November 21, 2007
When Good Comps Go Bad (Down In The Marina)
Based on the assumption of an appreciating market, and past sales (e.g., comps) in the exact same Marina building, the original list price of $1,229,000 for 1307 Bay Street #3 probably seemed quite reasonable at the time. But it didn’t sell for that.
Nor did it sell for the reduced price of $1,195,000. Or $1,179,000. Or $1,139,000. Or even $1,069,000. It did close escrow two weeks ago, however, for $1,030,000 (16.2% under that original asking).
And yes, that’s $80,000 (7.2%) less that what #1 sold for in April of 2005. That’s $112,000 (9.8%) less that what #2 sold for in April of 2006. And that’s $140,000 (12%) less than what #4 (which is directly below #3) sold for last November (2006).
And while Bay is indeed a busy street, it was last year (and the year before that) as well. So if the Marina location hasn’t changed, what the heck has?
∙ Damn Those Direct Comps In The Marina (1307 Bay Street) [SocketSite]
∙ RealRecentReductions: You’ve Seen These Before (Will You Again?) [SocketSite]
First Published: November 21, 2007 9:45 AM
Comments from "Plugged In" Readers
Nothing to see here folks, move along. Prices are still rising in desireable areas.
Posted by: Jimmy (Bitter Renter) at November 21, 2007 10:07 AM
To answer the posed question (what has changed), I think that buyers are now focusing much more on livability (who wants to spend 5 years hearing Bay's traffic) and, perhaps more importantly, resale value.
Where once (in 2006) someone would have closed their eyes, bought the place, and resold (for more) his way up the property ladder to the next guy with his eyes closed, now buyers seem to be staying away from busy streets and over-priced units.
Posted by: Foolio at November 21, 2007 10:17 AM
Maybe we can still say now that prices are still rising on desirable streets in desirable areas?
I have an image in my head of someone running upstairs in a flood, and now climbing out the window and getting on the roof and thinking "I'm still dry!"
It's only one property, but at a minimum I think we can all safely say that buyers are doing a lot more due diligence before they make their purchases these days.
Posted by: timkell at November 21, 2007 10:29 AM
So I wonder how the person who purchased #4 at $140,000 feels today? But I would guess it was probably google or trust fund money so it doesn't really matter...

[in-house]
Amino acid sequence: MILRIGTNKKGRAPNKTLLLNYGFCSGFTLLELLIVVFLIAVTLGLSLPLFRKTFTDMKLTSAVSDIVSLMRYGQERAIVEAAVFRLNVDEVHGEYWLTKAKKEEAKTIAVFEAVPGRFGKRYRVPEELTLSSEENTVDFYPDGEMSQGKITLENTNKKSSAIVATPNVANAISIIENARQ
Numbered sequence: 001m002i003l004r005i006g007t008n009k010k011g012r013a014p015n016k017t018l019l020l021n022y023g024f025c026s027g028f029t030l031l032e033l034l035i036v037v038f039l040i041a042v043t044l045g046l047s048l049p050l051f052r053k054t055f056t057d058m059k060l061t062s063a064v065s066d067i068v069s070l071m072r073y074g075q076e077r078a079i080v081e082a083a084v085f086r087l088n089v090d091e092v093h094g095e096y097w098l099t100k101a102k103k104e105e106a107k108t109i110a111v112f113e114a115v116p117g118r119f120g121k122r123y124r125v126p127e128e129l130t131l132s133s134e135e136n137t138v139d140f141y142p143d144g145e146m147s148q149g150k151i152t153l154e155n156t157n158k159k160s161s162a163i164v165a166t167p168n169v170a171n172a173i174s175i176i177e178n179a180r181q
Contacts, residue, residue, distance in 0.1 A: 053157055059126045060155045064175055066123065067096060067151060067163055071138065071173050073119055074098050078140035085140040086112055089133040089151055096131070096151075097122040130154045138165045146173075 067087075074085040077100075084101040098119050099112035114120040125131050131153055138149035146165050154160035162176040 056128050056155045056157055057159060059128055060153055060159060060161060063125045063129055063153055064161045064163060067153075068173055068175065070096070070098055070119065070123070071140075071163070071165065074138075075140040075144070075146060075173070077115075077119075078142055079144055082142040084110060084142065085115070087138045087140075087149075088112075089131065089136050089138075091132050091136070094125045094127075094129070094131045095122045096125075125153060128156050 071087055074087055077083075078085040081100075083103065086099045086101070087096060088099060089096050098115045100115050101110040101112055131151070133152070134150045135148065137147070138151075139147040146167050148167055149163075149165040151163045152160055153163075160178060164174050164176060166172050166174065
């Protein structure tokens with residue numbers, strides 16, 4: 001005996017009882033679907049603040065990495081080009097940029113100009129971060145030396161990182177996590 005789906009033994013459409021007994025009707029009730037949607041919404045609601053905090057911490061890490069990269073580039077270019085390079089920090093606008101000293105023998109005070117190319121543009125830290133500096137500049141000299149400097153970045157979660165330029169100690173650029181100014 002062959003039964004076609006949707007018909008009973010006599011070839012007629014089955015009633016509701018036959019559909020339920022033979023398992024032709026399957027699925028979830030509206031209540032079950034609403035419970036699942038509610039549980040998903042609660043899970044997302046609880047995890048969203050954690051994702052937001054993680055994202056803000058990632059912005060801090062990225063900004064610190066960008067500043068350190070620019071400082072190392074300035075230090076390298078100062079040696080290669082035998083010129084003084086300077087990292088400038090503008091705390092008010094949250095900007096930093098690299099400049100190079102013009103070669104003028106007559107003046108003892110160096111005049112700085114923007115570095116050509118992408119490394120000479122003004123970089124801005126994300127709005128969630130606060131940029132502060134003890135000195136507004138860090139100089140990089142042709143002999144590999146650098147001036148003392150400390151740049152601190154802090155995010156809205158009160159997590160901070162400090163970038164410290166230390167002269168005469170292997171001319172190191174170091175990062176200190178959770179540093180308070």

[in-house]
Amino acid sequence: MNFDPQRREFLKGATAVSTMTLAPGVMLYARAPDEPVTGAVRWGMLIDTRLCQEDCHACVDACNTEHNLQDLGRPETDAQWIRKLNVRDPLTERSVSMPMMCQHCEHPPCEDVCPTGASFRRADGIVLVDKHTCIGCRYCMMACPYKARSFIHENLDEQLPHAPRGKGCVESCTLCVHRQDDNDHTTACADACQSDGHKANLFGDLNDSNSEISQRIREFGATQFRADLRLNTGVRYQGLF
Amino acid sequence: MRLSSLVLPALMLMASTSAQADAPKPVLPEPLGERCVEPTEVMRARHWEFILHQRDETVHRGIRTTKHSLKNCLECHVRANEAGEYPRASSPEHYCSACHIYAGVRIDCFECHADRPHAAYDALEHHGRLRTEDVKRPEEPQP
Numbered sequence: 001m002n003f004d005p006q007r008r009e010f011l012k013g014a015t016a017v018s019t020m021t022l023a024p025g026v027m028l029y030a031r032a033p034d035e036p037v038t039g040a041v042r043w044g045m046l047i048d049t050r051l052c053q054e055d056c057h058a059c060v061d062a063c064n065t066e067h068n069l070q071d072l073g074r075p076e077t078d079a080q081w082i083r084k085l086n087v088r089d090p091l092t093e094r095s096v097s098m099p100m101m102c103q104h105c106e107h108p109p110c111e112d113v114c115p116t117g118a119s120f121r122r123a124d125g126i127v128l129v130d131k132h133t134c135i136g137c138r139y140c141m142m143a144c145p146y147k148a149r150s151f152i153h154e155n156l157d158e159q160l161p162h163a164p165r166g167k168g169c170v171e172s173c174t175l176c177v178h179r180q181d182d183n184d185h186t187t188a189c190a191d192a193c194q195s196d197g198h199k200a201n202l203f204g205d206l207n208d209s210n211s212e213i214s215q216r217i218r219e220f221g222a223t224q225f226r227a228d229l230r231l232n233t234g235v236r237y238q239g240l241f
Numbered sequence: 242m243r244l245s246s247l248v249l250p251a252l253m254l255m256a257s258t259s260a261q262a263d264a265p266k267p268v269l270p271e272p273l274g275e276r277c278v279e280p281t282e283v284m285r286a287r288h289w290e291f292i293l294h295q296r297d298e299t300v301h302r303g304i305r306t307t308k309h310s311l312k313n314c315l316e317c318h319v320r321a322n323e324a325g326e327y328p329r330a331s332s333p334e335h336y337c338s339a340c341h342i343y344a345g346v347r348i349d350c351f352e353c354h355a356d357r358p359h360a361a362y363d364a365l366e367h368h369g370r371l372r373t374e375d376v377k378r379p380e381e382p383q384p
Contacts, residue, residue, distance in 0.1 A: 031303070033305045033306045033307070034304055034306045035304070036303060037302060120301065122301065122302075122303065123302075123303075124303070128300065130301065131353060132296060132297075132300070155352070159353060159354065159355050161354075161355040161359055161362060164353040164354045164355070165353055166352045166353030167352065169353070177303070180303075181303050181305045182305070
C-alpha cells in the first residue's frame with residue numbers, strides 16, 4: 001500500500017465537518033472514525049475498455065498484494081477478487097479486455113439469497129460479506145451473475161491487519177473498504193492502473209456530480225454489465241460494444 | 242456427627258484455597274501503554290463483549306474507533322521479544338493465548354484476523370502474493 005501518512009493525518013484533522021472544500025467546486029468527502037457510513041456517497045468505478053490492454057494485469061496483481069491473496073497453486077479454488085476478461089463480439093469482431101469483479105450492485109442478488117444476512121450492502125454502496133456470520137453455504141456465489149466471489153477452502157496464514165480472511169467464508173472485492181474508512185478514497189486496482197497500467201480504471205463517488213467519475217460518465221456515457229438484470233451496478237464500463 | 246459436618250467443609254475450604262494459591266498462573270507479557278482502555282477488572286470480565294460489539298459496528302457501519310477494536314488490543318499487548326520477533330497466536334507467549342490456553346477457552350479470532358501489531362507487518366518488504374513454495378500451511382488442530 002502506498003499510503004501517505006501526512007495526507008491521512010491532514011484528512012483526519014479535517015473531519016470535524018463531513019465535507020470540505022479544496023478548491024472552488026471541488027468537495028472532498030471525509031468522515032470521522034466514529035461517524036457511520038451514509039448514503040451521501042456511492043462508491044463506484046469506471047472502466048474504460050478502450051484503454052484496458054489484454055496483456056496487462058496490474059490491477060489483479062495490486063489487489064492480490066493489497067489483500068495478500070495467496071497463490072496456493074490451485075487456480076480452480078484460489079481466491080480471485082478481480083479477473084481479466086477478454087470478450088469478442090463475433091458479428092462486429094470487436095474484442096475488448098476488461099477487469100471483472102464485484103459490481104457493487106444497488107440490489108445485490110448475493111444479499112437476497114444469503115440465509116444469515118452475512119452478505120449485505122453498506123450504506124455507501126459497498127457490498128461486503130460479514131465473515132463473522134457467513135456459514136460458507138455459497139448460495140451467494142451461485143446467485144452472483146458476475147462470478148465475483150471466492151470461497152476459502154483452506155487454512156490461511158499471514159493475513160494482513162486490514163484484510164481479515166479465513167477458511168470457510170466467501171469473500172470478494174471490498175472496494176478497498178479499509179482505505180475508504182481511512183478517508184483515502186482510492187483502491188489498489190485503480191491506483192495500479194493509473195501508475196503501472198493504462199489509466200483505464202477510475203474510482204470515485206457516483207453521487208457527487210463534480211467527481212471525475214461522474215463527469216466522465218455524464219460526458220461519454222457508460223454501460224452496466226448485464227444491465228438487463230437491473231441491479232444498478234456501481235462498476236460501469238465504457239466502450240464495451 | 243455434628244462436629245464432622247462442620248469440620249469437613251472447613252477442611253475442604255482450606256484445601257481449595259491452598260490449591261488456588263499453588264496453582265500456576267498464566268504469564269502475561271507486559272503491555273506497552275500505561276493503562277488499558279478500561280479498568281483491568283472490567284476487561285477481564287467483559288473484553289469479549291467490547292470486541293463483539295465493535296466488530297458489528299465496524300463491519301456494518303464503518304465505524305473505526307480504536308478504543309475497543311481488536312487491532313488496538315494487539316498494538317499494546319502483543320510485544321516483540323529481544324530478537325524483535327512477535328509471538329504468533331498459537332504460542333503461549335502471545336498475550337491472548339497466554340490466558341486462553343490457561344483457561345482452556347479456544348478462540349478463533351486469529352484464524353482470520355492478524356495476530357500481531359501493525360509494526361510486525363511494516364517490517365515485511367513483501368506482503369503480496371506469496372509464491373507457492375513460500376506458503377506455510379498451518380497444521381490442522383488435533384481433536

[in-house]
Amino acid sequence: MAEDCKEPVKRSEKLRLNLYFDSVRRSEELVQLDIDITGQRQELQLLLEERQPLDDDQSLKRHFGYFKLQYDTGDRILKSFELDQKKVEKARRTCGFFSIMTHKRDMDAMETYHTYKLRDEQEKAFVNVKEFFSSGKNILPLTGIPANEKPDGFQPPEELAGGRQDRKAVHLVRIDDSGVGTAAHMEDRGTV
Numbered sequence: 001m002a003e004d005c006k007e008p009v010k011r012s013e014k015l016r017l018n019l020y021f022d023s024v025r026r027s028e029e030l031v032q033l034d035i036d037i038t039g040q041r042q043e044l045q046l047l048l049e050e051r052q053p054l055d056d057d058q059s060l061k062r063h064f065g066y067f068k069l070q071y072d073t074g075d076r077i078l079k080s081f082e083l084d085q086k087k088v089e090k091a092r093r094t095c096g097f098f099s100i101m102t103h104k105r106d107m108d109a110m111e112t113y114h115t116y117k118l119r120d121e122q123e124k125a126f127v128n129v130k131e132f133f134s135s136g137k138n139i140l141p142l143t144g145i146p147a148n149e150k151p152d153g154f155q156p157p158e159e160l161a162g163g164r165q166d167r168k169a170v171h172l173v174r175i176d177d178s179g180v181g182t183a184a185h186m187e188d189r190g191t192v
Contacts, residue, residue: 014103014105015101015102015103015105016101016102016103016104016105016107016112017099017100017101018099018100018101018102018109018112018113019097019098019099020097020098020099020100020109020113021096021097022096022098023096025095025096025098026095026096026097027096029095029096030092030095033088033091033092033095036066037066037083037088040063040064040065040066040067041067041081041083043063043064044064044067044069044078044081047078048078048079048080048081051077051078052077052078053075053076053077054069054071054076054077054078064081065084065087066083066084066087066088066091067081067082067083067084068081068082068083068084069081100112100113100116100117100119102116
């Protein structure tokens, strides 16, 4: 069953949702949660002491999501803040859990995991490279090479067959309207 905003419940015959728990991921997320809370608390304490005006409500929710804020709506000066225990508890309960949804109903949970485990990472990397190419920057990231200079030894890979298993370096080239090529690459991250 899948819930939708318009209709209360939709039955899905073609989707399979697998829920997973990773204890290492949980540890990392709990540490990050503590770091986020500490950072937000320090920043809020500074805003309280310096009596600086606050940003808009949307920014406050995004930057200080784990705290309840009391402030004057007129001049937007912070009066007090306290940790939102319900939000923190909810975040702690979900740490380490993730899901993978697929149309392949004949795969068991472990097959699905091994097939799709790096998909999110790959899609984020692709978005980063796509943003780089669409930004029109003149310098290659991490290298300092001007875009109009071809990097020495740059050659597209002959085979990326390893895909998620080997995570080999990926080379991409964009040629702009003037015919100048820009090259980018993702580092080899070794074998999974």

Posted by: Sam at November 21, 2007 10:41 AM
"Maybe we can still say now that prices are still rising on desirable streets in desirable areas?"
It may be busy, but since when isn't that stretch of Bay street or the Marina desirable? This is right across from a park, an easy walk to Safeway and isn't on landfill.
Posted by: Michael at November 21, 2007 11:05 AM
Buyers have more leverage and are simply able to be more selective in this market. This is a pretty clear example of that.
Posted by: ok at November 21, 2007 11:19 AM
now this is a huge assumption on my part, but if the 05 and 06 owners put 10% or less down and used a 2/28 or 3/27 (which of course I have no idea if they did) they are now underwater.
Thus giving a whole new meaning to the term "liquefaction".
Posted by: badlydrawnbear at November 21, 2007 11:29 AM
prediction: next unit sells for less than $950K
Posted by: Spencer at November 21, 2007 11:35 AM
Bay is a freeway in front of that building, I live one block away and walk downtown every morning, in front of this place. Properties with negatives like this are the ones that suffer in down markets.
Good opportunistic buyer though.
Posted by: gh at November 21, 2007 11:43 AM
Question: Did someone really think a 2bdroom condo on Bay st would really hold a $1.25M value or much less appreciate?
Let's assume the last 3 buyers were of the mindset that SF condos will continue to appreciate at 15+% per year
Buyer #1 paid $1,110,00 in April of 2005.
probably expected (15 * 2.5) 37% appreciation
In reality, 7.2% depreciation
That is a 44% gap between expected and actual in only 2.5 years
Buyer #2 paid $1,142,000 in April of 2006
probably expected (15 * 1.5) 23% appreciation
Since then, 9.8% depreciation
That is a 32.8% gap between expected and actual in only 1.5 years
Buyer #3 paid $1,170,000 in November 2006
probably expected (15 * 1) 15% appreciation
Since then, 12% depreciation
and, most stunning of all, that is a 27% gap between expected and actual in only 1 year.
and we are only in the 1st 6 months of at least a 2-5 year down cycle. I think these numbers are pretty remarkable.